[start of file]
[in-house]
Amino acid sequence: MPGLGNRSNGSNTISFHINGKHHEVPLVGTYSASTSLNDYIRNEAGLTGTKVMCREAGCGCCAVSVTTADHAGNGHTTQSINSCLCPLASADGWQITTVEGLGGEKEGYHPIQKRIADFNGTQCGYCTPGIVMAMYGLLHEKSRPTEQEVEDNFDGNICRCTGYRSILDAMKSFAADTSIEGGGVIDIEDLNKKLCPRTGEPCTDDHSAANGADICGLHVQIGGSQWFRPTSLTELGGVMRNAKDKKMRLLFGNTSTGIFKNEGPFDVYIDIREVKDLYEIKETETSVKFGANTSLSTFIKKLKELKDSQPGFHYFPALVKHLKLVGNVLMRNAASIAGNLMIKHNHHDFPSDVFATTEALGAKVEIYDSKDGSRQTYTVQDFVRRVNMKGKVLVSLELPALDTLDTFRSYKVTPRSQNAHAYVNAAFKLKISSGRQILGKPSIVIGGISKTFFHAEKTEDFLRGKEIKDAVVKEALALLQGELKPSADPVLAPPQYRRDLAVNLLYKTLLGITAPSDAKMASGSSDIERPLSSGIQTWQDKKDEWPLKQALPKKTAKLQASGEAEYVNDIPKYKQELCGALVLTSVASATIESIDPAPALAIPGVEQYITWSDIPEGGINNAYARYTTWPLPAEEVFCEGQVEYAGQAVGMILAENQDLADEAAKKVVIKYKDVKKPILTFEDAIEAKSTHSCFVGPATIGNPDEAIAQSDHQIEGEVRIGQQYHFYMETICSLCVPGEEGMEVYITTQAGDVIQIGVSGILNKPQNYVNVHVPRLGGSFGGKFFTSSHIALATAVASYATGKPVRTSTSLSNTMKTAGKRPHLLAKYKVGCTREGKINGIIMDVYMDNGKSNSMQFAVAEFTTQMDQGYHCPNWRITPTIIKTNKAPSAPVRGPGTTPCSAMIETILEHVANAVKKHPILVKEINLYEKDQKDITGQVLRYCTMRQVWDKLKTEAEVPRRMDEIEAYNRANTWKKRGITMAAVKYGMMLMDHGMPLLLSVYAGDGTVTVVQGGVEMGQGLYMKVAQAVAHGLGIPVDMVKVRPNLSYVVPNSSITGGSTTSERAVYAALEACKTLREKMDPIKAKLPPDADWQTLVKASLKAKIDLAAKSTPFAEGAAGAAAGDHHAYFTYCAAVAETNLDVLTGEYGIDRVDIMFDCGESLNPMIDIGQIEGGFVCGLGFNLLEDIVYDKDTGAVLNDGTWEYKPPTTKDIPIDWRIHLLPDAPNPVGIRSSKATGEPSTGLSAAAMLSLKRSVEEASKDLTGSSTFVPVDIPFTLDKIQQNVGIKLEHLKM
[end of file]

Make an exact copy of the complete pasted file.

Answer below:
[in-house]
Amino acid sequence: MPGLGNRSNGSNTISFHINGKHHEVPLVGTYSASTSLNDYIRNEAGLTGTKVMCREAGCGCCAVSVTTADHAGNGHTTQSINSCLCPLASADGWQITTVEGLGGEKEGYHPIQKRIADFNGTQCGYCTPGIVMAMYGLLHEKSRPTEQEVEDNFDGNICRCTGYRSILDAMKSFAADTSIEGGGVIDIEDLNKKLCPRTGEPCTDDHSAANGADICGLHVQIGGSQWFRPTSLTELGGVMRNAKDKKMRLLFGNTSTGIFKNEGPFDVYIDIREVKDLYEIKETETSVKFGANTSLSTFIKKLKELKDSQPGFHYFPALVKHLKLVGNVLMRNAASIAGNLMIKHNHHDFPSDVFATTEALGAKVEIYDSKDGSRQTYTVQDFVRRVNMKGKVLVSLELPALDTLDTFRSYKVTPRSQNAHAYVNAAFKLKISSGRQILGKPSIVIGGISKTFFHAEKTEDFLRGKEIKDAVVKEALALLQGELKPSADPVLAPPQYRRDLAVNLLYKTLLGITAPSDAKMASGSSDIERPLSSGIQTWQDKKDEWPLKQALPKKTAKLQASGEAEYVNDIPKYKQELCGALVLTSVASATIESIDPAPALAIPGVEQYITWSDIPEGGINNAYARYTTWPLPAEEVFCEGQVEYAGQAVGMILAENQDLADEAAKKVVIKYKDVKKPILTFEDAIEAKSTHSCFVGPATIGNPDEAIAQSDHQIEGEVRIGQQYHFYMETICSLCVPGEEGMEVYITTQAGDVIQIGVSGILNKPQNYVNVHVPRLGGSFGGKFFTSSHIALATAVASYATGKPVRTSTSLSNTMKTAGKRPHLLAKYKVGCTREGKINGIIMDVYMDNGKSNSMQFAVAEFTTQMDQGYHCPNWRITPTIIKTNKAPSAPVRGPGTTPCSAMIETILEHVANAVKKHPILVKEINLYEKDQKDITGQVLRYCTMRQVWDKLKTEAEVPRRMDEIEAYNRANTWKKRGITMAAVKYGMMLMDHGMPLLLSVYAGDGTVTVVQGGVEMGQGLYMKVAQAVAHGLGIPVDMVKVRPNLSYVVPNSSITGGSTTSERAVYAALEACKTLREKMDPIKAKLPPDADWQTLVKASLKAKIDLAAKSTPFAEGAAGAAAGDHHAYFTYCAAVAETNLDVLTGEYGIDRVDIMFDCGESLNPMIDIGQIEGGFVCGLGFNLLEDIVYDKDTGAVLNDGTWEYKPPTTKDIPIDWRIHLLPDAPNPVGIRSSKATGEPSTGLSAAAMLSLKRSVEEASKDLTGSSTFVPVDIPFTLDKIQQNVGIKLEHLKM